Remember when the name "Wells Fargo" conjured up something positive? It was the fast express service of the 1800s, delivering money, mail, and other materials "ocean to ocean" by means of speedy, six-horse stagecoaches.
Remember when the name “Wells Fargo” conjured up something positive? It was the fast express service of the 1800s, delivering money, mail, and other materials “ocean to ocean” by means of speedy, six-horse stagecoaches.
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Today, though, Wells Fargo bank is more like the stagecoach from hell, intent on delivering bad news to working folks. In January, fresh from receiving a $25 billion bailout from us taxpayers, this banking behemoth cut off credit to Hartmarx, America’s largest maker of men’s clothing. This forced the otherwise-successful company into bankruptcy, costing 4,000 workers their jobs.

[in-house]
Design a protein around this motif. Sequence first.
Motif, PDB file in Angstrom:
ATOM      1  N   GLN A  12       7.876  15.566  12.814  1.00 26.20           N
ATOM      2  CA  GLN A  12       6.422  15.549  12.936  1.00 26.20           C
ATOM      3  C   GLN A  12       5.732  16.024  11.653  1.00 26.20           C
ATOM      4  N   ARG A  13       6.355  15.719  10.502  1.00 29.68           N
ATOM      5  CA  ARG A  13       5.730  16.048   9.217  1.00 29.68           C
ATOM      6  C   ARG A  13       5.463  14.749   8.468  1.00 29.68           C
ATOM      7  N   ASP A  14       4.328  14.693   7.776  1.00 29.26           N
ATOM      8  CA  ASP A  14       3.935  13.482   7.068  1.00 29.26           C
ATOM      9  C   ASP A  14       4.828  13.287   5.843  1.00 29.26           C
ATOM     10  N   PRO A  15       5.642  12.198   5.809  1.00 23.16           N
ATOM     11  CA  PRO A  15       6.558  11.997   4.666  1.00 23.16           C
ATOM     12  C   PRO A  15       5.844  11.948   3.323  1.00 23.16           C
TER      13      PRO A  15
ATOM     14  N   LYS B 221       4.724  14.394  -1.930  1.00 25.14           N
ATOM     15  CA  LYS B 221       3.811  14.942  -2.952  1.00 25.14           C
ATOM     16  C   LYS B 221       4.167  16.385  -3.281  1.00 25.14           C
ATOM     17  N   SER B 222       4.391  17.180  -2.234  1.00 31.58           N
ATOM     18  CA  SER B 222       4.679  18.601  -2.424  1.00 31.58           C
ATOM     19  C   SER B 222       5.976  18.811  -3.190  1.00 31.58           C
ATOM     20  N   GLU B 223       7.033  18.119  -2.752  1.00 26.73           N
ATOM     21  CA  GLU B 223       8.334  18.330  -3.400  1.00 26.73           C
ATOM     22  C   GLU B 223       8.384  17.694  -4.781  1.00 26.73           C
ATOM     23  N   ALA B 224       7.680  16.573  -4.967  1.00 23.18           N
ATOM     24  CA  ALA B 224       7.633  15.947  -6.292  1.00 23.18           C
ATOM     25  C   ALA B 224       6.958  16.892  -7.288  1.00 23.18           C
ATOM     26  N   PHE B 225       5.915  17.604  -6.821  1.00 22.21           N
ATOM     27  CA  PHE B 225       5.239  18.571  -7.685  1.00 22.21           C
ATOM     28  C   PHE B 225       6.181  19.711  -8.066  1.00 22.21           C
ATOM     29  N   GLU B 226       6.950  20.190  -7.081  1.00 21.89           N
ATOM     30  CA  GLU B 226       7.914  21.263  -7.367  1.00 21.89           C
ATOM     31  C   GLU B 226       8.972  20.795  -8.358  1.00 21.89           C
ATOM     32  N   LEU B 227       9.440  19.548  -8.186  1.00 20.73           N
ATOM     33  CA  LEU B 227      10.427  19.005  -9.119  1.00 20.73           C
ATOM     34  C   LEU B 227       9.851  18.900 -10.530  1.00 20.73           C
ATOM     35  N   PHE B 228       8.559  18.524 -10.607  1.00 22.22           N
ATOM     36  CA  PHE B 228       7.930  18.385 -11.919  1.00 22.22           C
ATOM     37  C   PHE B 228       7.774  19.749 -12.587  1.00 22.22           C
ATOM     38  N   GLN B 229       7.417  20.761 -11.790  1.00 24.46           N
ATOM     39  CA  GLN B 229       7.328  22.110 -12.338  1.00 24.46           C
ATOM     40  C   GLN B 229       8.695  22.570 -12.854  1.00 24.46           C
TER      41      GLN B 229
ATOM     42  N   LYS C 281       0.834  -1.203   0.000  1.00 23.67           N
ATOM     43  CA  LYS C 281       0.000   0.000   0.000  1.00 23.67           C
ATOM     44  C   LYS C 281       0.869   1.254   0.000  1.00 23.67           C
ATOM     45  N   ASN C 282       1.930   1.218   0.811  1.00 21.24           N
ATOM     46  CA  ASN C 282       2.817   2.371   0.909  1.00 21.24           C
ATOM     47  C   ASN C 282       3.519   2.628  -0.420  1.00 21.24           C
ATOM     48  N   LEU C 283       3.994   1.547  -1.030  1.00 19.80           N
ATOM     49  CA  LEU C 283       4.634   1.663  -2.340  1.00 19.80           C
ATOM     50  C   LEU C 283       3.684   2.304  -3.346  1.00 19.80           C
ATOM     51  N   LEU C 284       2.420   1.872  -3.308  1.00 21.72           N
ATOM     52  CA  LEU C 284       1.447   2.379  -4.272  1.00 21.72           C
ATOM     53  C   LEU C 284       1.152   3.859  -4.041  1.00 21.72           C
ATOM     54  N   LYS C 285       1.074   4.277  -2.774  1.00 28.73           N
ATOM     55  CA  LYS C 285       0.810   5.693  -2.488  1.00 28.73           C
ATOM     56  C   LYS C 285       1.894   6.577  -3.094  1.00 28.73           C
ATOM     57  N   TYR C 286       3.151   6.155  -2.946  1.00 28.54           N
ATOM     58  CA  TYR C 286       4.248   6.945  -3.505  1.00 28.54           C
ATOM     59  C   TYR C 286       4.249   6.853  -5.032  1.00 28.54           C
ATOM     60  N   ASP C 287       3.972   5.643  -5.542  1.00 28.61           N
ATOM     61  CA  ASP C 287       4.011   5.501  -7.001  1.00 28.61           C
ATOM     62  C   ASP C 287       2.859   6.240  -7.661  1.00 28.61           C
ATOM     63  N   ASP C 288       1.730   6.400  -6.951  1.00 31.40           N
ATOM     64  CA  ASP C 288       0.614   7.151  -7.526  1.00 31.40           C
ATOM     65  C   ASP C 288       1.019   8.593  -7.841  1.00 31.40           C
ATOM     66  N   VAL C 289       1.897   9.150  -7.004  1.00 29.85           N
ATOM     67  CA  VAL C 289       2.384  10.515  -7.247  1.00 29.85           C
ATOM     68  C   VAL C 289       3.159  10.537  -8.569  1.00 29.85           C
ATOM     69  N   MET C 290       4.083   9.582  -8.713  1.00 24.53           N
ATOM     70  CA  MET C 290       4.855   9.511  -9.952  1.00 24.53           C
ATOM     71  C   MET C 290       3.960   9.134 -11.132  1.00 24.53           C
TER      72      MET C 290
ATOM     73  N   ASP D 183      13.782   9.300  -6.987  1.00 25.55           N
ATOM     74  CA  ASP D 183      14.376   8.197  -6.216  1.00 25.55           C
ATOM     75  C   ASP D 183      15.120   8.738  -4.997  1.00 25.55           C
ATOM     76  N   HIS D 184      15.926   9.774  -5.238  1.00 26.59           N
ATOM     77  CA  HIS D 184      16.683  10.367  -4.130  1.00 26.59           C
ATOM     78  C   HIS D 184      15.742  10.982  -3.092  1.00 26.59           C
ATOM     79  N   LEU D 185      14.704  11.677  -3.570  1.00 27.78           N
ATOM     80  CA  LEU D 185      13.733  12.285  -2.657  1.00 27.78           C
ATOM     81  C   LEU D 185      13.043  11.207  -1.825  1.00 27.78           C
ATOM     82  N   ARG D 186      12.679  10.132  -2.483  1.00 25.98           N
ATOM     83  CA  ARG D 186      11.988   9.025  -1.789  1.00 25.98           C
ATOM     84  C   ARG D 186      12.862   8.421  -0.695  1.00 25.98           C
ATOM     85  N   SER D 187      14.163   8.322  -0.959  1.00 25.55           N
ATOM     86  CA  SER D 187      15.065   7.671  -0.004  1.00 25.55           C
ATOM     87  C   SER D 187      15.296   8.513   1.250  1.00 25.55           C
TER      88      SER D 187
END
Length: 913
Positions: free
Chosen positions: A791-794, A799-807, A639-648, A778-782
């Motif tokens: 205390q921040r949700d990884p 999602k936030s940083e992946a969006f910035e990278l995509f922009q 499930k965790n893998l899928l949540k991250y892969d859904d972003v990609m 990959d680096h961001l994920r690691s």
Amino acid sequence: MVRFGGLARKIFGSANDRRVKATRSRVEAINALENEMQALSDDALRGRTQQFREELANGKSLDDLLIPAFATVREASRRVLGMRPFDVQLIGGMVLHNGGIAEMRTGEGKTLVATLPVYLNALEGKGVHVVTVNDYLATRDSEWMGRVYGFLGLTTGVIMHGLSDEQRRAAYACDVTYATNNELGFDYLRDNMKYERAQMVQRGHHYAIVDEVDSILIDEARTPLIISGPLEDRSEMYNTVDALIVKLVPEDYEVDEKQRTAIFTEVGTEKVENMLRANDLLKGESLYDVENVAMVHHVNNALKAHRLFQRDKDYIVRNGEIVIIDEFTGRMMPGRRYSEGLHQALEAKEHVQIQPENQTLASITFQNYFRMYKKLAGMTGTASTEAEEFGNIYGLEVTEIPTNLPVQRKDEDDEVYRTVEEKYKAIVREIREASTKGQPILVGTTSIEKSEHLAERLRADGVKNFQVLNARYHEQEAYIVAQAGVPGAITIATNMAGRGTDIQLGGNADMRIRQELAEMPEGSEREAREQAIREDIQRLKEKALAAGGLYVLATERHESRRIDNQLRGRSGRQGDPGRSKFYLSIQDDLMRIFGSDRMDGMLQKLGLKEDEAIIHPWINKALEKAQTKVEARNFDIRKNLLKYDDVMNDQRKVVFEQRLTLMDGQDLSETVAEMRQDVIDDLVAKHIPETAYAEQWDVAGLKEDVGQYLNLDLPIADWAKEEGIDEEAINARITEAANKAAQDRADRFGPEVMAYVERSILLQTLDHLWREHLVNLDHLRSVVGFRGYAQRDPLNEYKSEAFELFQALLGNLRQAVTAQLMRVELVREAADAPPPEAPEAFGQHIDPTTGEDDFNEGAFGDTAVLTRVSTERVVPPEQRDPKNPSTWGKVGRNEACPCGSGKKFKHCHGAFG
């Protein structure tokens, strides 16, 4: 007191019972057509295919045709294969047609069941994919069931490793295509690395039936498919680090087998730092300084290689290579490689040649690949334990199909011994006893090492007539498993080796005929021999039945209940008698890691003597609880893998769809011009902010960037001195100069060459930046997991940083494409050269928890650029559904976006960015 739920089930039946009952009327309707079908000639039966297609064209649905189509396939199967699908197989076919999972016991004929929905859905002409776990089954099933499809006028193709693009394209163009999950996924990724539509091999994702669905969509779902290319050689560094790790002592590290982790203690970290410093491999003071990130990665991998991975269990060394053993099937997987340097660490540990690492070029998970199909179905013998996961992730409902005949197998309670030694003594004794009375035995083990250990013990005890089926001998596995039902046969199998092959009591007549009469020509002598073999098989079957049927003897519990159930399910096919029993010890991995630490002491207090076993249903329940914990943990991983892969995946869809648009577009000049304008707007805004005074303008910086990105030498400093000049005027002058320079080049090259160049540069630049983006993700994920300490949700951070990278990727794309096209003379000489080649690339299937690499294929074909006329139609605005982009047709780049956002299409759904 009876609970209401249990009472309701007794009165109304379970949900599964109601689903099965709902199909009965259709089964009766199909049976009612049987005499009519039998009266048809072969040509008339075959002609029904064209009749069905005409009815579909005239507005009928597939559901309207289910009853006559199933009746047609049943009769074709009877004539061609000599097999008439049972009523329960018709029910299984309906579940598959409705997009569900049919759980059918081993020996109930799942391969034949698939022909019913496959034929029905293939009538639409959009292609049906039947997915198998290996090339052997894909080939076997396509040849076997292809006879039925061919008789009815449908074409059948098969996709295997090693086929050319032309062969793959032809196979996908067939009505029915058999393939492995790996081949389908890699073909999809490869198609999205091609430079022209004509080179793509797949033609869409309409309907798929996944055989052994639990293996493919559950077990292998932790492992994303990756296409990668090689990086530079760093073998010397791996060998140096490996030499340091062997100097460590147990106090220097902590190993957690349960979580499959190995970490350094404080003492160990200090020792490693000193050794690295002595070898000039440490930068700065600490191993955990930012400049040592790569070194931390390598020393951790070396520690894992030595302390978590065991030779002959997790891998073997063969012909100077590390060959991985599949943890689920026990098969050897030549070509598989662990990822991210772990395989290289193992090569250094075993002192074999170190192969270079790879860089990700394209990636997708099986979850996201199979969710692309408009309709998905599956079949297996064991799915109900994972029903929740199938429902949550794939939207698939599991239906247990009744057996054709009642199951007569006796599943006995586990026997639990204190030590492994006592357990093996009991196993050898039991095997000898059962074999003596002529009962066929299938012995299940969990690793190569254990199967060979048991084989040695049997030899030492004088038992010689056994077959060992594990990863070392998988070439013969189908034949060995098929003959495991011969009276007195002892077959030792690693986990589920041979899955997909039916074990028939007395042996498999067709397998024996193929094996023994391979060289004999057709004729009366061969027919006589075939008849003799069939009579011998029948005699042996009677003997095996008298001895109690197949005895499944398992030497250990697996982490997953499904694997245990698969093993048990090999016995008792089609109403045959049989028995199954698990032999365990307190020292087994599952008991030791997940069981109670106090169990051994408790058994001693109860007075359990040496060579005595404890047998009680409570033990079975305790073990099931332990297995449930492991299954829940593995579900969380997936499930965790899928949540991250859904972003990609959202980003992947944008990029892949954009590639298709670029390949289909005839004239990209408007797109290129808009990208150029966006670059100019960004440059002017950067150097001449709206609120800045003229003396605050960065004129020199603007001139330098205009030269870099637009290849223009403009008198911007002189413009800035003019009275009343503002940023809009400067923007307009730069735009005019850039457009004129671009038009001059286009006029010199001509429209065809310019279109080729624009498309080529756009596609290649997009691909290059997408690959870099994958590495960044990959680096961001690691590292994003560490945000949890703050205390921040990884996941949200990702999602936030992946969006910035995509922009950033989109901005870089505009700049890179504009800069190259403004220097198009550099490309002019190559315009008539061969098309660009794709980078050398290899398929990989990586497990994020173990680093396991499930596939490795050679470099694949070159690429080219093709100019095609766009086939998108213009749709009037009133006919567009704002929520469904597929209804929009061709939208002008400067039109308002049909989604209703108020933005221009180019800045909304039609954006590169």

But there’s good news. Those laid-off union workers refused to lay down, instead rallying broad public support that recently compelled Wells Fargo bankers to back off from plundering the assets of Hartmarx. Instead, the bank has begrudgingly accepted a bid from another company to buy the business, keep the factories open, and rehire the workers.
However, Wells Fargo’s stagecoach of economic devastation has now arrived in Moline, Illinois, where the bankers dismounted and severed the credit lifeline of Quad City Die Casting. With no financing for its manufacturing operations, this viable business was forced to close in early July, costing the region 100 good jobs. Wells Fargo – which We the People kept going with our bailout – has refused even to sit down with the union workers to help keep their plant going. The bankers have also cut off health-care benefits and are refusing to pony-up vacation pay owed to the employees.
Once again, though, the workers are battling back, seeking public support to rein in these banksters who are using our bailout money to eliminate good jobs and stifle America’s economic recovery. To help, check the United Electrical union’s website: www.ueillinois.org.
"Two wrongs don't make a right, but three left turns do." --Jim Hightower